Pharmaceutical and Biomedical Research- Journal News
Cancer deaths set to decline new analysis suggests

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Death rates from cancer are set to decline in the UK, a new analysis predicts. Overall, researchers estimate that 1.24 million cancer deaths may have been avoided between 1989 and 2023 in the UK.

Ageing and population growth mean that the number of cancer deaths could rise from 91,059 and 79,631 in men and women respectively in 2018 to an estimated 92,111 and 80,203 in 2023.
However, age-standardised rates could decline by 11.41 per cent from 120.26 in 2018 to an estimated 106.54 in 2023 in men. Among women, age-standardised rates could decline by 9.79 per cent from 92.55 in 2018 to an estimated 83.46 in 2023. 
Stomach cancer (20.96 per cent decline in men; 25.86 per cent in women), leukaemia (14.97 and 16.20 per cent), prostate (10.25 per cent) and female breast cancer (10.46 per cent) may show particularly marked improvements. Age-standardised death rates from lung cancer declined by an estimated 19.65 and 14.30 per cent between 2015-2019 to 2023 in men and women respectively.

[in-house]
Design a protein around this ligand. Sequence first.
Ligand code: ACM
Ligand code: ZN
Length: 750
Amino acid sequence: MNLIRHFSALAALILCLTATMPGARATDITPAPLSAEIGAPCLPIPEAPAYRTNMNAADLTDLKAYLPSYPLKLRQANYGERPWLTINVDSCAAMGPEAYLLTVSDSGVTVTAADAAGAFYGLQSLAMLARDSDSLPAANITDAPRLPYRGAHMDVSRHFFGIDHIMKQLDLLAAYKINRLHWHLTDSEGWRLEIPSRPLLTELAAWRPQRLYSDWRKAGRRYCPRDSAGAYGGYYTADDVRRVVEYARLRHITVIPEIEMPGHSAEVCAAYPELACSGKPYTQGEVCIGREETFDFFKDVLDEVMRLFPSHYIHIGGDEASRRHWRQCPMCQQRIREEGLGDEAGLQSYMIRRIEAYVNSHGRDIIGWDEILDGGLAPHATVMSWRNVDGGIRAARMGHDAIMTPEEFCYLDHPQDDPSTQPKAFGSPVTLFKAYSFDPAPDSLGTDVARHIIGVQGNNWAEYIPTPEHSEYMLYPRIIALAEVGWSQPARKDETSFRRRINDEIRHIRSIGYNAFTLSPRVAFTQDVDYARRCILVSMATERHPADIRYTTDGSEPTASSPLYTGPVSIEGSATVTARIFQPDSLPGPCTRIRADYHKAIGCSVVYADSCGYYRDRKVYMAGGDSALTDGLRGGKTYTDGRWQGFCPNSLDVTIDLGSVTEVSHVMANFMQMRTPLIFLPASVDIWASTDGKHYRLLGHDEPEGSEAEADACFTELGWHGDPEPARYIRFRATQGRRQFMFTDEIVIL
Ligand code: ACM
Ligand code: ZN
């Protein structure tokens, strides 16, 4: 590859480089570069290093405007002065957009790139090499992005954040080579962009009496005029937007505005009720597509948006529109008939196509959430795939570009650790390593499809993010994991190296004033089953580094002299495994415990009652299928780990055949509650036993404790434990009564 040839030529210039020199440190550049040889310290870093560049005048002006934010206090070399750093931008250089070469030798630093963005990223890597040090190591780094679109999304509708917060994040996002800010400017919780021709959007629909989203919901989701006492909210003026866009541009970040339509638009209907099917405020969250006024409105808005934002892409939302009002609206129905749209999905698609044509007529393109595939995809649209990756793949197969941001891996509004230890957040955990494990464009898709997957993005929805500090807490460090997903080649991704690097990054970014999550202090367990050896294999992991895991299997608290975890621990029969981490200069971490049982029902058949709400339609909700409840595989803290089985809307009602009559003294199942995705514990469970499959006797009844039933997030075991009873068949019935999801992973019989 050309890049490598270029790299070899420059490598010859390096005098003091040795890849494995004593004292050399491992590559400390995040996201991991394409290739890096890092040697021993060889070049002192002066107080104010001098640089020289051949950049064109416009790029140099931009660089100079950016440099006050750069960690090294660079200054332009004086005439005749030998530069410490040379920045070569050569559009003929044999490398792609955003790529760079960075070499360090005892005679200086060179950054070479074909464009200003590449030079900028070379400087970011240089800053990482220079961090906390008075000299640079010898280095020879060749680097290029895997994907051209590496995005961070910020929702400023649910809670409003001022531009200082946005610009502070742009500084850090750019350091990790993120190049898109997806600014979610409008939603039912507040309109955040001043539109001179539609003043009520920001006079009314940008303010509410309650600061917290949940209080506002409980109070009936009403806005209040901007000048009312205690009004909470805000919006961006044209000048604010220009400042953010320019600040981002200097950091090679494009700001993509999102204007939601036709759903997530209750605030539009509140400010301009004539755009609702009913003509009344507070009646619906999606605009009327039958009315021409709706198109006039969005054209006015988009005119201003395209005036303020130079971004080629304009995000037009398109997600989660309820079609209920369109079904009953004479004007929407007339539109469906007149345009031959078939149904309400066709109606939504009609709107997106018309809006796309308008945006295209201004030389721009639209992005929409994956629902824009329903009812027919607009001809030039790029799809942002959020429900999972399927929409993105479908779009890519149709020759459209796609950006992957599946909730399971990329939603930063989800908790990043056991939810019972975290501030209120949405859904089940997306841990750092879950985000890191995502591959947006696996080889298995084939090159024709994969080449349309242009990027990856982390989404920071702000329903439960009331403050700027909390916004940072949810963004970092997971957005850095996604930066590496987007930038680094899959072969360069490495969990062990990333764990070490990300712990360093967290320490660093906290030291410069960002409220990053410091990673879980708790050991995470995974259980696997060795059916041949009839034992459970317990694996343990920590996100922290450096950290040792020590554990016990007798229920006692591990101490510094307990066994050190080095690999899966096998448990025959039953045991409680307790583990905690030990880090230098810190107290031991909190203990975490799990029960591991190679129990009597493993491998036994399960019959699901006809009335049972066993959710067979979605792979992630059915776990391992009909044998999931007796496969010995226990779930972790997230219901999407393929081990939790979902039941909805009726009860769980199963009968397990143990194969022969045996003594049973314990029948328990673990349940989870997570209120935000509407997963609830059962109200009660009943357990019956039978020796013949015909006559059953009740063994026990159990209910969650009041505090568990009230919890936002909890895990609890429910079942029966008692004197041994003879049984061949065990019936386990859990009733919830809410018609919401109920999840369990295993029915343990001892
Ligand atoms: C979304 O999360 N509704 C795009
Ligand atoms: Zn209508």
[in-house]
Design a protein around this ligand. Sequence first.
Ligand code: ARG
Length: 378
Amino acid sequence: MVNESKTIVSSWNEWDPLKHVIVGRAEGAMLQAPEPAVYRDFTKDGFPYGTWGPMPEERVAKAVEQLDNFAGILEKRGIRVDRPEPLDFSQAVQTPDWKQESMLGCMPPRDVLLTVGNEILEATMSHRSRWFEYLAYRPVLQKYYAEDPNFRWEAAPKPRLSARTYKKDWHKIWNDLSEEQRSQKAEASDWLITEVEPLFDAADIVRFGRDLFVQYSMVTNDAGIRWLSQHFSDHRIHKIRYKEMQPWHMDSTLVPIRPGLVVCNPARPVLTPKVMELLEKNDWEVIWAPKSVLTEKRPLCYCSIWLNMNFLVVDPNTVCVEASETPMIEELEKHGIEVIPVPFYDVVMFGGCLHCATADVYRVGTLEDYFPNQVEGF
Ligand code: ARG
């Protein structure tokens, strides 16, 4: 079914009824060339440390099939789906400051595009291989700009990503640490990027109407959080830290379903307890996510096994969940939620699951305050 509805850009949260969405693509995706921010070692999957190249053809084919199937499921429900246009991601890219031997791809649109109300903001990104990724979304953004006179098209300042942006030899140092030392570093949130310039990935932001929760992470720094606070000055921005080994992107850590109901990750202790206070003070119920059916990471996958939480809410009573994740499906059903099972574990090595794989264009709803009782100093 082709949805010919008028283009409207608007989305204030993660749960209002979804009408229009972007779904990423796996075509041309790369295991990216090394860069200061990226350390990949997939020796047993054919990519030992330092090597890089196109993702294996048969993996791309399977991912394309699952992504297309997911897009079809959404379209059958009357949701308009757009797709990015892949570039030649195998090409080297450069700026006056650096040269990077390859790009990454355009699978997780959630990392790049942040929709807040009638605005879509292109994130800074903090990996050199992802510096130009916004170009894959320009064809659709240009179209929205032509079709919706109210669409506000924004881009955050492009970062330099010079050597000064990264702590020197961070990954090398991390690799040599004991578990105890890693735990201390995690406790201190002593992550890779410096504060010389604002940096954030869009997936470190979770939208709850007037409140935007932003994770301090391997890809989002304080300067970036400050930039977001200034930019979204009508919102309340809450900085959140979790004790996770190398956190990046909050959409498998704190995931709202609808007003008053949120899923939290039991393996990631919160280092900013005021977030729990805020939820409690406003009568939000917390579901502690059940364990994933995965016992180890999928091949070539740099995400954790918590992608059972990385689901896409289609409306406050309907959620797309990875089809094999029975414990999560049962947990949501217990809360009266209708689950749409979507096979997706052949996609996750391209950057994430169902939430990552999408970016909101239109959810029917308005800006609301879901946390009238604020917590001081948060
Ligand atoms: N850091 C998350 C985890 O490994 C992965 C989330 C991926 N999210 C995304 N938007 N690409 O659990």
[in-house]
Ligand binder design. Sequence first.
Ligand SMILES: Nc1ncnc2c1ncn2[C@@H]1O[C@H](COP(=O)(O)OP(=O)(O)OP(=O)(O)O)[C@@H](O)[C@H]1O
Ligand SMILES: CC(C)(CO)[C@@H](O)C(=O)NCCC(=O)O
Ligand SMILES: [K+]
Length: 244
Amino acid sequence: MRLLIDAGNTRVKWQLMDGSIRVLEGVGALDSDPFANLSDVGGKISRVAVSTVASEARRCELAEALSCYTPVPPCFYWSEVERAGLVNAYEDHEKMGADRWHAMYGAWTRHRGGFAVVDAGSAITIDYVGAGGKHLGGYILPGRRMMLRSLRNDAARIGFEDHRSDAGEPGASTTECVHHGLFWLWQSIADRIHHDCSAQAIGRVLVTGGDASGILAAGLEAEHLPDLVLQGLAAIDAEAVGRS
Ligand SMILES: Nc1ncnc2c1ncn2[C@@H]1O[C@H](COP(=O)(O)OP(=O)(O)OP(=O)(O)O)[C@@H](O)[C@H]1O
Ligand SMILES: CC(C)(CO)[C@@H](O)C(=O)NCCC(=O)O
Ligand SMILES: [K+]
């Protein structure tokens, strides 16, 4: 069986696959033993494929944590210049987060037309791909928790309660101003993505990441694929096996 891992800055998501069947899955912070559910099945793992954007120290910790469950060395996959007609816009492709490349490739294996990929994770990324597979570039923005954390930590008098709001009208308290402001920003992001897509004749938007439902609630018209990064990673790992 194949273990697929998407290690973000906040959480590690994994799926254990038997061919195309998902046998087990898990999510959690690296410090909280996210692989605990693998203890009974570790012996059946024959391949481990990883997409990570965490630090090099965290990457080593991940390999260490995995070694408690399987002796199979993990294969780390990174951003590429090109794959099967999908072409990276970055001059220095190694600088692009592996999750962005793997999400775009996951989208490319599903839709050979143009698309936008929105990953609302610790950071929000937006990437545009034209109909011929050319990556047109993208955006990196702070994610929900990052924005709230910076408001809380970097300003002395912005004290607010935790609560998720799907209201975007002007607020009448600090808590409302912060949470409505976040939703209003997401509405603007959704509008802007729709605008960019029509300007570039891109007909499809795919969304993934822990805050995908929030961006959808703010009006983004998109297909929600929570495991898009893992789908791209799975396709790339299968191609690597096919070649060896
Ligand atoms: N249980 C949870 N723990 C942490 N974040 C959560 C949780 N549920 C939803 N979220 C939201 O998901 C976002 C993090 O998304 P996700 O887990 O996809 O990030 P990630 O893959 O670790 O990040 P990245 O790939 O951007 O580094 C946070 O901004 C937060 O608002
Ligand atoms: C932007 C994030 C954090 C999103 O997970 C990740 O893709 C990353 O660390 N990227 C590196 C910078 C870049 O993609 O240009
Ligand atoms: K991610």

The data do not reflect the impact of Covid-19 on, for example, late presentation and delayed treatment. “If the current trajectory of declining cancer death rates continues, then it is possible there could be a further 35 per cent reduction by 2035. More smokers quitting contribute to these favourable trends,” comments study author Professor Carlo La Vecchia from the University of Milan. 

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